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Zoeller fielding questions  on Indiana gay marriage ban

 IndianAttorney General Greg Zoeller

Indiana Attorney General Greg Zoeller

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Updated: December 27, 2013 8:16PM



INDIANAPOLIS — The chief counsel for Indiana state officials said Friday he has been fielding a lot of questions about placing the state’s gay marriage ban in the constitution.

The Indiana General Assembly is set to take up a proposed constitutional amendment banning gay marriage, civil unions and benefits for same-sex couples when it returns next month. Attorney General Greg Zoeller said he’s heard numerous questions from lawmakers support the ban as well as those opposed to the measure.

Zoeller said Friday he could not divulge details of those conversations because of attorney-client privilege, but said he’s been hearing extensively from both sides of the issue.

“We have to give honest legal views on how those cases might impact (Indiana), but it is a very volatile area of the law, particularly when it comes to federal cases that would be as applicable in Indiana as they would in states like Ohio or Utah,” he said.

Zoeller represents state lawmakers and other state officials in court and often provides legal advice.

Indiana’s battle comes shortly after three separate federal court rulings earlier this month overturned marriage bans in New Mexico, Ohio and Utah. Indiana is among a handful of states to limit marriage to being between one man and woman by statute, but not through its constitution.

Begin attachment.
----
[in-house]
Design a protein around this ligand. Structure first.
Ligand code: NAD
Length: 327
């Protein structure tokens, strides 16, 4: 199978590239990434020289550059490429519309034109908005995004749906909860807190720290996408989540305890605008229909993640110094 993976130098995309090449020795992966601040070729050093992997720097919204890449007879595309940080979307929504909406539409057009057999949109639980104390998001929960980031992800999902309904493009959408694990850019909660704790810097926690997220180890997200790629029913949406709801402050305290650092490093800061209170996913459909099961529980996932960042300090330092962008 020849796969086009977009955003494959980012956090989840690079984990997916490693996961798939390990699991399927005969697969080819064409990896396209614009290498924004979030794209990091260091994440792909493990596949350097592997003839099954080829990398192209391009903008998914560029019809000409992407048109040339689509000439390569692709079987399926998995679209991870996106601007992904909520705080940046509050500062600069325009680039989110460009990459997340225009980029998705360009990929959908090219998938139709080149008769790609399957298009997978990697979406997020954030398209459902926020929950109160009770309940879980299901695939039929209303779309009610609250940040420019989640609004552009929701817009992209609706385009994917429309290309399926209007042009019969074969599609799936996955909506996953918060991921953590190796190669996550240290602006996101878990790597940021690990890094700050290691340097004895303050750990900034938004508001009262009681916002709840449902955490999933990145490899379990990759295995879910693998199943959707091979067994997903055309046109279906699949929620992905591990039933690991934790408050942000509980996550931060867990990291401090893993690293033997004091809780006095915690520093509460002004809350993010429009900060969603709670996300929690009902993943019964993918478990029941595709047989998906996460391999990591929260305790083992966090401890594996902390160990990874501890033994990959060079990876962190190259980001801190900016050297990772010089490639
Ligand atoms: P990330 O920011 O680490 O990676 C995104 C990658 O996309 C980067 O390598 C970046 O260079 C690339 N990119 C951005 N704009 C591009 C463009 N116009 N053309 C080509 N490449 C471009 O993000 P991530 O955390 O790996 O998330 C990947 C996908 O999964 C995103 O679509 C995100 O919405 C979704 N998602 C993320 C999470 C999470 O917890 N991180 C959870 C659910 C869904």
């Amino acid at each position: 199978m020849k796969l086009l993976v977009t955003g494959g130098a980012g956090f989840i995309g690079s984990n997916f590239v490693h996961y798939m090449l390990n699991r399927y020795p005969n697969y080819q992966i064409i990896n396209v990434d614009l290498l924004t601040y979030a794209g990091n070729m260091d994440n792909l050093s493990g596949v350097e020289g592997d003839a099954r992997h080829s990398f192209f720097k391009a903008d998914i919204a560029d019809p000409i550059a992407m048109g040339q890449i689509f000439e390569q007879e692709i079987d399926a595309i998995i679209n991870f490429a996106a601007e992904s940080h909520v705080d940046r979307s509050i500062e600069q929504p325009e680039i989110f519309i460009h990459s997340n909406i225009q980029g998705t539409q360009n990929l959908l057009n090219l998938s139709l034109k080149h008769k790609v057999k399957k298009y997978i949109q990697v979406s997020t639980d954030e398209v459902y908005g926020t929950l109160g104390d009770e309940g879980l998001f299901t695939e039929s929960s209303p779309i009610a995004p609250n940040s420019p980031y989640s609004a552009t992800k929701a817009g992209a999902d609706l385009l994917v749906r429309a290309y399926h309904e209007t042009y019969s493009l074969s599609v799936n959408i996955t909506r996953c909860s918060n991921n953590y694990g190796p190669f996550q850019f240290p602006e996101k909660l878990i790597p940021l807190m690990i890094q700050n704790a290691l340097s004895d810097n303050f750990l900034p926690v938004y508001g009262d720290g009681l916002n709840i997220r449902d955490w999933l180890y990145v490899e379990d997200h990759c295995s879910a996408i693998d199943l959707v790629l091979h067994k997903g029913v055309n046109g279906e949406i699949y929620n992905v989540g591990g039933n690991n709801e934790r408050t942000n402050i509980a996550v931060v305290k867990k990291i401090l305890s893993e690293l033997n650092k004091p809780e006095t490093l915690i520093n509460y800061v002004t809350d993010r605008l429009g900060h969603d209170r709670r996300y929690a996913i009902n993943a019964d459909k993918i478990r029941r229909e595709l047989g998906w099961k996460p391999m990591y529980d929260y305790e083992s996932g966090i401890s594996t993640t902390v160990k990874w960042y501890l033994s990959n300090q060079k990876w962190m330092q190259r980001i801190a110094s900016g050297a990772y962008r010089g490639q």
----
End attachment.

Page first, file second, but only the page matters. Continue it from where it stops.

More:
Opponents of the amendment say it will drive away business, as national attitudes shift more in favor of gay marriage. Supporters of the constitutional amendment say it would protect against an Indiana judge overturning the state ban and also argue Indiana voters should have a say on the issue.

In order to be placed in the constitution, the measure must win approval in two consecutive two-year sessions of the General Assembly and then win approval from Indiana voters. Lawmakers from both parties overwhelmingly supported the amendment on its first vote in 2011, but a shifting national tide and well-funded effort by amendment opponents has raised new questions about whether the measure would clear the Legislature a second time.

One alternative that has been floated is removing the so-called “second sentence” in the amendment, which extends the ban to civil unions and employer benefits. But legislative leaders are split on whether altering the language would reset the clock on the state’s lengthy constitutional amendment process.

Zoeller said Friday he had looked into the issue but could not find a clear precedent.

“There hasn’t been a case directly on point,” he said. “So had there been a question asked and answered, I’d be able to point to something specifically for people to refer to. The fact that it has not been fully addressed leaves it open to supposition as to what a federal court might do or what a state court might do.”



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